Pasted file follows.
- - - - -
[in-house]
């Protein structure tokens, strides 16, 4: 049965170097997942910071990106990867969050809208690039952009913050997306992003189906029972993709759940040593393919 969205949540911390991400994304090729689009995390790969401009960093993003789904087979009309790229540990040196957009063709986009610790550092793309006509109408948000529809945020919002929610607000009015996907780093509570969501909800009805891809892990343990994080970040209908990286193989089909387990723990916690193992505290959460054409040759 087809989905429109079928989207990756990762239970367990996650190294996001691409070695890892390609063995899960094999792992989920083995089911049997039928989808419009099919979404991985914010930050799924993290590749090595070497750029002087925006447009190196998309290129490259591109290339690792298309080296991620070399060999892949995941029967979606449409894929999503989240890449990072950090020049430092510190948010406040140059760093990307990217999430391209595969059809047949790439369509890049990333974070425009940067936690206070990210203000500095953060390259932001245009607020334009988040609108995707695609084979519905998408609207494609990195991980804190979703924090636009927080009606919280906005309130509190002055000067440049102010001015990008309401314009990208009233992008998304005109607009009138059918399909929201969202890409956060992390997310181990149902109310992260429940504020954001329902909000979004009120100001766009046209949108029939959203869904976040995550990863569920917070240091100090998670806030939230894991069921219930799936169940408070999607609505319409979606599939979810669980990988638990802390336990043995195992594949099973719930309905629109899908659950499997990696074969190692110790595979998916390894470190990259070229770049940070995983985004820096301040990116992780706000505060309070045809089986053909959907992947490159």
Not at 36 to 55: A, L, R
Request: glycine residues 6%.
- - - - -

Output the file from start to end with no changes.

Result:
[in-house]
């Protein structure tokens, strides 16, 4: 049965170097997942910071990106990867969050809208690039952009913050997306992003189906029972993709759940040593393919 969205949540911390991400994304090729689009995390790969401009960093993003789904087979009309790229540990040196957009063709986009610790550092793309006509109408948000529809945020919002929610607000009015996907780093509570969501909800009805891809892990343990994080970040209908990286193989089909387990723990916690193992505290959460054409040759 087809989905429109079928989207990756990762239970367990996650190294996001691409070695890892390609063995899960094999792992989920083995089911049997039928989808419009099919979404991985914010930050799924993290590749090595070497750029002087925006447009190196998309290129490259591109290339690792298309080296991620070399060999892949995941029967979606449409894929999503989240890449990072950090020049430092510190948010406040140059760093990307990217999430391209595969059809047949790439369509890049990333974070425009940067936690206070990210203000500095953060390259932001245009607020334009988040609108995707695609084979519905998408609207494609990195991980804190979703924090636009927080009606919280906005309130509190002055000067440049102010001015990008309401314009990208009233992008998304005109607009009138059918399909929201969202890409956060992390997310181990149902109310992260429940504020954001329902909000979004009120100001766009046209949108029939959203869904976040995550990863569920917070240091100090998670806030939230894991069921219930799936169940408070999607609505319409979606599939979810669980990988638990802390336990043995195992594949099973719930309905629109899908659950499997990696074969190692110790595979998916390894470190990259070229770049940070995983985004820096301040990116992780706000505060309070045809089986053909959907992947490159």
Not at 36 to 55: A, L, R
Request: glycine residues 6%.